Review of The Deconstructed Church in Church History by Randall Reed – ‘a masterful explanation of a potentially important movement’

The Deconstructed Church: Understanding Emerging Christianity (Oxford University Press), my 2014 book co-authored with Gerardo Marti, has been reviewed in Church History (March 2017) by Dr Randall Reed, Associate Professor of Philosophy and Religion at Appalachian State University.

Gerardo and I have been gratified that the book has been reviewed in so many scholarly and popular outlets (click here and scroll down to see the range of reviews) – and that it was awarded the Society for the Scientific Study of Religion’s 2015 Distinguished Book Award.

Reed concludes:

Marti and Ganiel’s The Deconstructed Church is a welcome addition to the work on the Emerging Church, but likewise stands apart as a masterful explanation of a potentially important movement. This text represents a tremendous contribution to those working on the Emerging Church Movement, but also it has a rich theoretical apparatus that will allow insights into contemporary American religion as well. It is a pleasure to read and will offer scholars much to ponder regarding the future of American religion.

Reed’s review situates the book in the wider American religious landscape, including discussion of how the Emerging Church potentially relates to the growing numbers of people who identify themselves as ‘no religion.’ Indeed, were we writing the book again today, it would probably include greater reflection on how Emerging Christianity relates with the ‘religiously unaffiliated.’

The Emerging Church Movement may well be one of the more important religious movements in the first half of the twenty-first century. Mainline and evangelical Christianity in the United States are on the decline. Religiously unaffiliated people are increasing faster than any other religious group in the United States and this group is being driven by the millennial generation, which has a religiously unaffiliated population that is reaching plurality status (Robert P. Jones, Daniel Cox, Betsy Cooper, and Rachel Lienesch, “Exodus: Why Americans Are Leaving Religion—and Why They’re Unlikely to Come Back,” Public Religion Research Institute, 2016, http://www.prri.org/research/prri-rns-2016-religiously-unaffiliated-americans/). On top of that, it is clear that a significant reason for this is the abandonment of the traditional religious ideologies by millennials and others. The church is seen as too judgmental, hypocritical, and political. In the face of all that comes the Emerging Church Movement, a movement whose leaders have called into question some of the most important traditional doctrines of the Protestant Church.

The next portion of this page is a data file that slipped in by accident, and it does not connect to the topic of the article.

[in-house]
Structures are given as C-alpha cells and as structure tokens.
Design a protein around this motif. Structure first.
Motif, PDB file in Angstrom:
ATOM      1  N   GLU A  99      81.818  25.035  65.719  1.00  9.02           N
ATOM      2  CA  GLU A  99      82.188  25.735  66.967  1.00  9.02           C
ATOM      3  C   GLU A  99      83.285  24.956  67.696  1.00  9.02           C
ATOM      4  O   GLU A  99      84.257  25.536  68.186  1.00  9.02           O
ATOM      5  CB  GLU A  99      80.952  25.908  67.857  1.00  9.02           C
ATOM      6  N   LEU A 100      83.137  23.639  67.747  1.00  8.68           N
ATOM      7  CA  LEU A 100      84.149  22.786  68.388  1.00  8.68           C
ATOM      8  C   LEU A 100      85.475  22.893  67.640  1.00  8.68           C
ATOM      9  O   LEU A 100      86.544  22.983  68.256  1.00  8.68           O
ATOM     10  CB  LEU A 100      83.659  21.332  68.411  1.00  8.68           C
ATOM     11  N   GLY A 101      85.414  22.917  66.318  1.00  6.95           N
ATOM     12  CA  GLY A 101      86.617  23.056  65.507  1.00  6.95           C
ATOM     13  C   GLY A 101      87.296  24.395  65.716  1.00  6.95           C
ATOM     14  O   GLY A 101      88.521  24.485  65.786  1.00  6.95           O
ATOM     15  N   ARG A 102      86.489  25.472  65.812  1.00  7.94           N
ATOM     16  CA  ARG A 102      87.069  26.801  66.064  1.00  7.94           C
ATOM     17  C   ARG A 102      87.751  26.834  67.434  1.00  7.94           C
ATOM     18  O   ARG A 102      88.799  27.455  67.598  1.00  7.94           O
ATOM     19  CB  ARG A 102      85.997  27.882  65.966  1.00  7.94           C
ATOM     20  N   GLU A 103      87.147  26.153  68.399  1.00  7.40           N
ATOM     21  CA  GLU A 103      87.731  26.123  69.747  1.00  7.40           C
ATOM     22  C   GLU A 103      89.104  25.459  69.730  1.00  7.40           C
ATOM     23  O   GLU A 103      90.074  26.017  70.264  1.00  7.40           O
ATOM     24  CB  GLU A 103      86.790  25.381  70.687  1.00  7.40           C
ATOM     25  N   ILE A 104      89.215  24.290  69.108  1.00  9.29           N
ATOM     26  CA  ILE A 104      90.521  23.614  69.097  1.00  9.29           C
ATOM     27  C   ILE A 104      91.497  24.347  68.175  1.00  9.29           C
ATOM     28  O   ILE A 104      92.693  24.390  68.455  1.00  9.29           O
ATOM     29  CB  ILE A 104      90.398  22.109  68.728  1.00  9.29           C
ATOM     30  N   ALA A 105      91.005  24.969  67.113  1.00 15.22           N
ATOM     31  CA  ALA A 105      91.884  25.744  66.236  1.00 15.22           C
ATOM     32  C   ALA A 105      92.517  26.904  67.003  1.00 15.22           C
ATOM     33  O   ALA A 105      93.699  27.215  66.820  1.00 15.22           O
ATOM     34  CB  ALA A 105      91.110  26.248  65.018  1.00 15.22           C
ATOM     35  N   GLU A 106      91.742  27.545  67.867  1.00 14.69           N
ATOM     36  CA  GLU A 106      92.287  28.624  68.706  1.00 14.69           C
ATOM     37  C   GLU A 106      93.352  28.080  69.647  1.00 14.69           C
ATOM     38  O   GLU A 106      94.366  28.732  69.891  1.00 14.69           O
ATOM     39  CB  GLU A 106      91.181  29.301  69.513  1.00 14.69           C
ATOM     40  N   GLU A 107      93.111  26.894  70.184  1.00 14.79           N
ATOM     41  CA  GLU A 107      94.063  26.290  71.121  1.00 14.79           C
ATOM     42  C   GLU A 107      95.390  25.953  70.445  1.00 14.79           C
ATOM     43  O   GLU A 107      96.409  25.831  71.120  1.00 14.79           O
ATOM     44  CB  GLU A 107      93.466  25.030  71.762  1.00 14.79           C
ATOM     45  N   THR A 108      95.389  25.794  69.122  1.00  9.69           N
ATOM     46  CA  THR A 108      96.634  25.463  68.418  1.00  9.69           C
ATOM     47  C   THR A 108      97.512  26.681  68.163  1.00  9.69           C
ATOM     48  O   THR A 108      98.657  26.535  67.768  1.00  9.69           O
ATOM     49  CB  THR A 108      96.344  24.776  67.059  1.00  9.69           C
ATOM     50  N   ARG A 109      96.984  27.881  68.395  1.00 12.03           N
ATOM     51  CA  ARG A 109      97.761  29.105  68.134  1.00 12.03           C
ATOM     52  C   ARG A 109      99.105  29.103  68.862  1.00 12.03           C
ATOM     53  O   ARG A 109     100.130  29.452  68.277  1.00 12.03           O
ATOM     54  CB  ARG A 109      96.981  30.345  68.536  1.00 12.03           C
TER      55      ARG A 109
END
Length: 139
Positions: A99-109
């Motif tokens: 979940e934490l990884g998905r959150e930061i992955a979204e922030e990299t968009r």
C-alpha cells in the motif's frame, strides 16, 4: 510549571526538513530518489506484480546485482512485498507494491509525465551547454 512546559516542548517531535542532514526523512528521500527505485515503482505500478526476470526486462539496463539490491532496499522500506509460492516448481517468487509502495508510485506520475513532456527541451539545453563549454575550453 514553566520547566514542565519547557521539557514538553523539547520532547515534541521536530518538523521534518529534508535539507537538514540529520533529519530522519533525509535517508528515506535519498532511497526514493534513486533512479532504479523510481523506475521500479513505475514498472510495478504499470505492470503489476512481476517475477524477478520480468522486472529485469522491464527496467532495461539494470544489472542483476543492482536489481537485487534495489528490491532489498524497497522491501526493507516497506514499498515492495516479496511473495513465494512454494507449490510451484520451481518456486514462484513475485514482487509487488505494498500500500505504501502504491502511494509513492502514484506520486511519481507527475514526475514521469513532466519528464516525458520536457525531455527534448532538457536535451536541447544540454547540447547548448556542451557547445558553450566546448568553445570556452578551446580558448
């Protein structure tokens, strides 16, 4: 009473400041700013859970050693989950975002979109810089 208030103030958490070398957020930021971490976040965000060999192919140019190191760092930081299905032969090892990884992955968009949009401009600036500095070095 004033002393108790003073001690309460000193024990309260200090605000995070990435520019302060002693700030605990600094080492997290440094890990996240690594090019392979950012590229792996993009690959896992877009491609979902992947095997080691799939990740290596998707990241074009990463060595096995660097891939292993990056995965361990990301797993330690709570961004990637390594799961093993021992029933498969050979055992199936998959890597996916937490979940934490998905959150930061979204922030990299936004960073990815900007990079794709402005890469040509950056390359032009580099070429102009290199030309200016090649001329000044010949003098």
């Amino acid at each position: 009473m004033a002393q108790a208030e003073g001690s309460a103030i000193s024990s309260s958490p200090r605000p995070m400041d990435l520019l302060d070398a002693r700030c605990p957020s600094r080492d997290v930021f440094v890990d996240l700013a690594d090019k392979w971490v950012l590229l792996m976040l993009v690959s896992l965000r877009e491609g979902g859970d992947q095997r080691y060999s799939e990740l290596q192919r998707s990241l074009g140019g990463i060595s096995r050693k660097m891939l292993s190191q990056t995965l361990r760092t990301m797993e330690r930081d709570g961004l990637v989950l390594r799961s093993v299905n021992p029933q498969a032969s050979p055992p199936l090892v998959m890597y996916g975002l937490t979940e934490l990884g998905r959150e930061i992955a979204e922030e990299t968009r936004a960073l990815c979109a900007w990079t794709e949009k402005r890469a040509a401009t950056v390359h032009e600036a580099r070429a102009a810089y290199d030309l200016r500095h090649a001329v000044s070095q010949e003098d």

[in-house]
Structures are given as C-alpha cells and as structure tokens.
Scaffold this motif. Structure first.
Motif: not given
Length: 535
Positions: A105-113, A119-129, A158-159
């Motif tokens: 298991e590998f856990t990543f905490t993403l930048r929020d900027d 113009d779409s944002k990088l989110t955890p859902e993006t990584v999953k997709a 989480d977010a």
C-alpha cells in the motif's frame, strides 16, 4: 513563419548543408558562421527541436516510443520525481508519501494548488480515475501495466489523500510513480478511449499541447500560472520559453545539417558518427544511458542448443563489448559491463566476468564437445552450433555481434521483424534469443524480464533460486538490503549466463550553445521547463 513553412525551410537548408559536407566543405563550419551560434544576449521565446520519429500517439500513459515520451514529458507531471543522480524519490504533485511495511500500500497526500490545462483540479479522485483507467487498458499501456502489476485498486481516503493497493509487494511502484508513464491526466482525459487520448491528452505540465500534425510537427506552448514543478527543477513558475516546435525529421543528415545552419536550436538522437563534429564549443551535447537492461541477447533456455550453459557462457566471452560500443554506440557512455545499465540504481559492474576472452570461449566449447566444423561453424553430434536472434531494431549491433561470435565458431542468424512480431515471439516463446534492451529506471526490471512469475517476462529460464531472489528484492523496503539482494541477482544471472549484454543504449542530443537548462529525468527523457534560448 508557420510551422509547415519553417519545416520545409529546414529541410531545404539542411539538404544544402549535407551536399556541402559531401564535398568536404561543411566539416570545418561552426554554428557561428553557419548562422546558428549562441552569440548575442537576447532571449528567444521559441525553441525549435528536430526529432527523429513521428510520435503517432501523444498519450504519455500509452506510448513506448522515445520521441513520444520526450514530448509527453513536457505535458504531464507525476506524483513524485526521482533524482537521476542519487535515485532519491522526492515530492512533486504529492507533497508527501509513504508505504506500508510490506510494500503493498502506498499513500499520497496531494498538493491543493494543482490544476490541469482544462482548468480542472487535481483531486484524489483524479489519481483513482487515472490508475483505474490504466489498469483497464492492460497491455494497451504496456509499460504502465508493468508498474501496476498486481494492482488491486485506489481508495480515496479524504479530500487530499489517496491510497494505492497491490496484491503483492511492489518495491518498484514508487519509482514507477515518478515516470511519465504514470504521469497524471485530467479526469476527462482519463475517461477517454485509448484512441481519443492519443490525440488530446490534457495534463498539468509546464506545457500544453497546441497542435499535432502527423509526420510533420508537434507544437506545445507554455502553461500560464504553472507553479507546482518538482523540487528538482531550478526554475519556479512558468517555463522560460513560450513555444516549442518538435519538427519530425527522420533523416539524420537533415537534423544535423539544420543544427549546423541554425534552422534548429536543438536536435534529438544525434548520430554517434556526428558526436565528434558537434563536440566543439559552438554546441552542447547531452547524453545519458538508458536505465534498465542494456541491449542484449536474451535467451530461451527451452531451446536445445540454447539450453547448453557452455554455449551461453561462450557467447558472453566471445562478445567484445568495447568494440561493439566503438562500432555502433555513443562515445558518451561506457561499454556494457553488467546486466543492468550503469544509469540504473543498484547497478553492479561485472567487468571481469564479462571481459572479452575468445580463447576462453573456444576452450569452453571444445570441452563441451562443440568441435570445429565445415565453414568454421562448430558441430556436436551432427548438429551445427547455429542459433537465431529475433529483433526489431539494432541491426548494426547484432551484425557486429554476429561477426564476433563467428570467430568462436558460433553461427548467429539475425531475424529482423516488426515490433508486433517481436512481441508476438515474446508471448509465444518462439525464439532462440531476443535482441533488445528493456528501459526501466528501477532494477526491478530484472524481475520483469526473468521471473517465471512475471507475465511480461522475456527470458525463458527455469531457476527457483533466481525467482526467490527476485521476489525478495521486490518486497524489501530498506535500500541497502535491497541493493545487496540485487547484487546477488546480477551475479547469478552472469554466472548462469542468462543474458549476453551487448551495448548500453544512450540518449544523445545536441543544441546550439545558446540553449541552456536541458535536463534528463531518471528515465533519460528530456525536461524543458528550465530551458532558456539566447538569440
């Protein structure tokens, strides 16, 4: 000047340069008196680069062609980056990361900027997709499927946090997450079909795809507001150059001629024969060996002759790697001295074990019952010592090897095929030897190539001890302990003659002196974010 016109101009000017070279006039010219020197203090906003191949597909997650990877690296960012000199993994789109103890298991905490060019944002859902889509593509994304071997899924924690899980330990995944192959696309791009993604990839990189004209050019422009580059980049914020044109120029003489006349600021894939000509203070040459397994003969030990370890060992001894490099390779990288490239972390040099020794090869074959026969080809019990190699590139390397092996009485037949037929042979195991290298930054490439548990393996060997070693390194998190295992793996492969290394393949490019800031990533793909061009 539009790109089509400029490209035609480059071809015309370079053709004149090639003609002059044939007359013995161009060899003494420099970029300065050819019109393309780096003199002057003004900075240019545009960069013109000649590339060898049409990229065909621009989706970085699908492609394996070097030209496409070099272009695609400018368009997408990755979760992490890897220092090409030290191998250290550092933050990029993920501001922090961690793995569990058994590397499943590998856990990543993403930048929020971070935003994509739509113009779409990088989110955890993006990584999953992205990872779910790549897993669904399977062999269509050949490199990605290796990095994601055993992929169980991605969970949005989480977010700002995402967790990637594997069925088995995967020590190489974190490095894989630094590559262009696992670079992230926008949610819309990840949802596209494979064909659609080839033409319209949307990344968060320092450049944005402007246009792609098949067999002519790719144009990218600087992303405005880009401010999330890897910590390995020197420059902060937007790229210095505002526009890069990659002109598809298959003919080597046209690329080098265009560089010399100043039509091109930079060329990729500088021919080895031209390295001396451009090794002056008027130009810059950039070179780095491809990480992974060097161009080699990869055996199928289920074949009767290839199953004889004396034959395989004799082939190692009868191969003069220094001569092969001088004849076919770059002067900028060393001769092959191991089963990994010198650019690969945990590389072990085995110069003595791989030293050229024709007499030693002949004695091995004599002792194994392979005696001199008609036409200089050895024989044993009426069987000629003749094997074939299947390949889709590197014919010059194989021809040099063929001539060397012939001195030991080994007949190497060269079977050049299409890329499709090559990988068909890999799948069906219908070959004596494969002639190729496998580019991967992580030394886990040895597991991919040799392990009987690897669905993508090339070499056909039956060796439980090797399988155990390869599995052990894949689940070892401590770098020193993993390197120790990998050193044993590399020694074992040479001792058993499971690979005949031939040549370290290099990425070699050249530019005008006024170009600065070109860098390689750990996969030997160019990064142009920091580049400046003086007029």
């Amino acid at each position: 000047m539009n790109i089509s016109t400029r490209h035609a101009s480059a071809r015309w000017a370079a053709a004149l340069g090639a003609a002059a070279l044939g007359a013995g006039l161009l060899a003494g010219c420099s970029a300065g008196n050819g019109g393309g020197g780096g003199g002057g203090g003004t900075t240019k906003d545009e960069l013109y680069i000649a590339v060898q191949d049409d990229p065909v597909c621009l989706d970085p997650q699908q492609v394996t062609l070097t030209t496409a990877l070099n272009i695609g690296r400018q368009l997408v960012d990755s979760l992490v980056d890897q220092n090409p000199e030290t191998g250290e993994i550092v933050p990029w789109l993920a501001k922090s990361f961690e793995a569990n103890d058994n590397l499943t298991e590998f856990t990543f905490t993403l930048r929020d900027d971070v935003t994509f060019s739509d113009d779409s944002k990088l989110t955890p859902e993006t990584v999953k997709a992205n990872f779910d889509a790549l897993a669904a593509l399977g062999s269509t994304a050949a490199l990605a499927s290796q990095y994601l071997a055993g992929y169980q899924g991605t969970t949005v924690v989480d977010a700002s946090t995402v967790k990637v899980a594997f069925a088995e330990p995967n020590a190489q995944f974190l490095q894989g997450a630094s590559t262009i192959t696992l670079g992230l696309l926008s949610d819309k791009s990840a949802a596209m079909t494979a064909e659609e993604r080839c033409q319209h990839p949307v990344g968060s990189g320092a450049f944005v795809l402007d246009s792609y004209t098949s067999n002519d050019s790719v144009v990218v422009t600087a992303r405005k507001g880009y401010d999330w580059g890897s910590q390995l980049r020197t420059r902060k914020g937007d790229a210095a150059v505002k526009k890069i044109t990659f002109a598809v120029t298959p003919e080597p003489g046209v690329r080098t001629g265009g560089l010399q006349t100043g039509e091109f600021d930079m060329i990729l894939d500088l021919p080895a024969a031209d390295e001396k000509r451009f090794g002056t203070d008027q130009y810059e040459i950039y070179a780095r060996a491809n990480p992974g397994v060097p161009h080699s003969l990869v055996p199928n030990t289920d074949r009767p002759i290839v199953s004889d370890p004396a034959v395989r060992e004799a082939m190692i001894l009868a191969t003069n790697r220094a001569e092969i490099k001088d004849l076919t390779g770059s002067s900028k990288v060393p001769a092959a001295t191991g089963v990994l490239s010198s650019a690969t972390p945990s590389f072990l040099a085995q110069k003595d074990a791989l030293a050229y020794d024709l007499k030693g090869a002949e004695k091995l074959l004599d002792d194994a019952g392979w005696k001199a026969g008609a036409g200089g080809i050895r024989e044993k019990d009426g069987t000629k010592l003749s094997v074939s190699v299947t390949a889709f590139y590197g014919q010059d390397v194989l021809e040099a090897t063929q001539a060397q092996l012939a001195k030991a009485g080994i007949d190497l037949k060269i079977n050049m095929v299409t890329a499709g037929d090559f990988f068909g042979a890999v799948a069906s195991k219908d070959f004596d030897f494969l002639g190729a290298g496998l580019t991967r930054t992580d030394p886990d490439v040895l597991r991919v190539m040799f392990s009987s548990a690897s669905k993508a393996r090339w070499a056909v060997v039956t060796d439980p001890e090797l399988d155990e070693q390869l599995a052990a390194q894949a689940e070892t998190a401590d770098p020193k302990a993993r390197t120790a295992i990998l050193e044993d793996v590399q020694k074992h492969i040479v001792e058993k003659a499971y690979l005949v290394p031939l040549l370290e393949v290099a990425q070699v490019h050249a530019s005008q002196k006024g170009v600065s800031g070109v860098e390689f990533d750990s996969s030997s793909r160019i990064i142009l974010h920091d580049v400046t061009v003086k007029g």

Three years on from publication, it is also good to see that not only is The Deconstructed Church still being reviewed, but Emerging Christianity is generating more scholarly attention. Gerardo recently edited a special issue of the Scientific Study of Religion on Emerging Christianity.

With its publication in paperback due for early 2018 in the UK and Ireland, I hope that The Deconstructed Church continues to be useful for scholars and others who are interested in the movement.

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